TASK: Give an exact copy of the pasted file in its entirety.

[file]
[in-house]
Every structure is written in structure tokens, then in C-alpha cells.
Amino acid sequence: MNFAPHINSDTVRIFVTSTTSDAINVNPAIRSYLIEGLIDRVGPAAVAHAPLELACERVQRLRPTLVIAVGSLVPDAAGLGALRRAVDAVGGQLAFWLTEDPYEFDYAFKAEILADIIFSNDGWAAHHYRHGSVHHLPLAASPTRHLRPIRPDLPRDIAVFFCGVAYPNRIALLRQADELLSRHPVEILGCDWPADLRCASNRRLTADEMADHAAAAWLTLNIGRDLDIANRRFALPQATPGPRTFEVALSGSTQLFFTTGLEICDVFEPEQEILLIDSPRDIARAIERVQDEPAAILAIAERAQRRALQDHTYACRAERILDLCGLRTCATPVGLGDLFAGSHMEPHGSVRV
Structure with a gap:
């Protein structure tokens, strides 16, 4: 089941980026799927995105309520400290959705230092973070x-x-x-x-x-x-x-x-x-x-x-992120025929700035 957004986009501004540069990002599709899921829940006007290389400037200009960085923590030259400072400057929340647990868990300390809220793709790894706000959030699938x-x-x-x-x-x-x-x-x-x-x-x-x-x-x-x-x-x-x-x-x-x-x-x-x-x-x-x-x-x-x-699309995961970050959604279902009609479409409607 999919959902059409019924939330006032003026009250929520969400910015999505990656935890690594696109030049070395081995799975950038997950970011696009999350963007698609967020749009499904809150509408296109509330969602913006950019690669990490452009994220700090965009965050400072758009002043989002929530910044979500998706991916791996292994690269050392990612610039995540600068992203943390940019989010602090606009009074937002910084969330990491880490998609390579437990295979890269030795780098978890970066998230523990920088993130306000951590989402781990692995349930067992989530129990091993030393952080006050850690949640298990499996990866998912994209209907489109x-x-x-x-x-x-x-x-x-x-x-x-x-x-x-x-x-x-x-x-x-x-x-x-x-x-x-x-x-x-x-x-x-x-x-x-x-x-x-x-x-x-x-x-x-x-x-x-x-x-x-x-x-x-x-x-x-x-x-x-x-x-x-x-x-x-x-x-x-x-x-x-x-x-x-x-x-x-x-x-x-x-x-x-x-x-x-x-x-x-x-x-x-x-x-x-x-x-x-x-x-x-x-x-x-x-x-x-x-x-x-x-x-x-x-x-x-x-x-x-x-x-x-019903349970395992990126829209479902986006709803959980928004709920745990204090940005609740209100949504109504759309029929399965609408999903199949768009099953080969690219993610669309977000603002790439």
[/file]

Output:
[in-house]
Every structure is written in structure tokens, then in C-alpha cells.
Amino acid sequence: MNFAPHINSDTVRIFVTSTTSDAINVNPAIRSYLIEGLIDRVGPAAVAHAPLELACERVQRLRPTLVIAVGSLVPDAAGLGALRRAVDAVGGQLAFWLTEDPYEFDYAFKAEILADIIFSNDGWAAHHYRHGSVHHLPLAASPTRHLRPIRPDLPRDIAVFFCGVAYPNRIALLRQADELLSRHPVEILGCDWPADLRCASNRRLTADEMADHAAAAWLTLNIGRDLDIANRRFALPQATPGPRTFEVALSGSTQLFFTTGLEICDVFEPEQEILLIDSPRDIARAIERVQDEPAAILAIAERAQRRALQDHTYACRAERILDLCGLRTCATPVGLGDLFAGSHMEPHGSVRV
Structure with a gap:
């Protein structure tokens, strides 16, 4: 089941980026799927995105309520400290959705230092973070x-x-x-x-x-x-x-x-x-x-x-992120025929700035 957004986009501004540069990002599709899921829940006007290389400037200009960085923590030259400072400057929340647990868990300390809220793709790894706000959030699938x-x-x-x-x-x-x-x-x-x-x-x-x-x-x-x-x-x-x-x-x-x-x-x-x-x-x-x-x-x-x-699309995961970050959604279902009609479409409607 999919959902059409019924939330006032003026009250929520969400910015999505990656935890690594696109030049070395081995799975950038997950970011696009999350963007698609967020749009499904809150509408296109509330969602913006950019690669990490452009994220700090965009965050400072758009002043989002929530910044979500998706991916791996292994690269050392990612610039995540600068992203943390940019989010602090606009009074937002910084969330990491880490998609390579437990295979890269030795780098978890970066998230523990920088993130306000951590989402781990692995349930067992989530129990091993030393952080006050850690949640298990499996990866998912994209209907489109x-x-x-x-x-x-x-x-x-x-x-x-x-x-x-x-x-x-x-x-x-x-x-x-x-x-x-x-x-x-x-x-x-x-x-x-x-x-x-x-x-x-x-x-x-x-x-x-x-x-x-x-x-x-x-x-x-x-x-x-x-x-x-x-x-x-x-x-x-x-x-x-x-x-x-x-x-x-x-x-x-x-x-x-x-x-x-x-x-x-x-x-x-x-x-x-x-x-x-x-x-x-x-x-x-x-x-x-x-x-x-x-x-x-x-x-x-x-x-x-x-x-x-019903349970395992990126829209479902986006709803959980928004709920745990204090940005609740209100949504109504759309029929399965609408999903199949768009099953080969690219993610669309977000603002790439």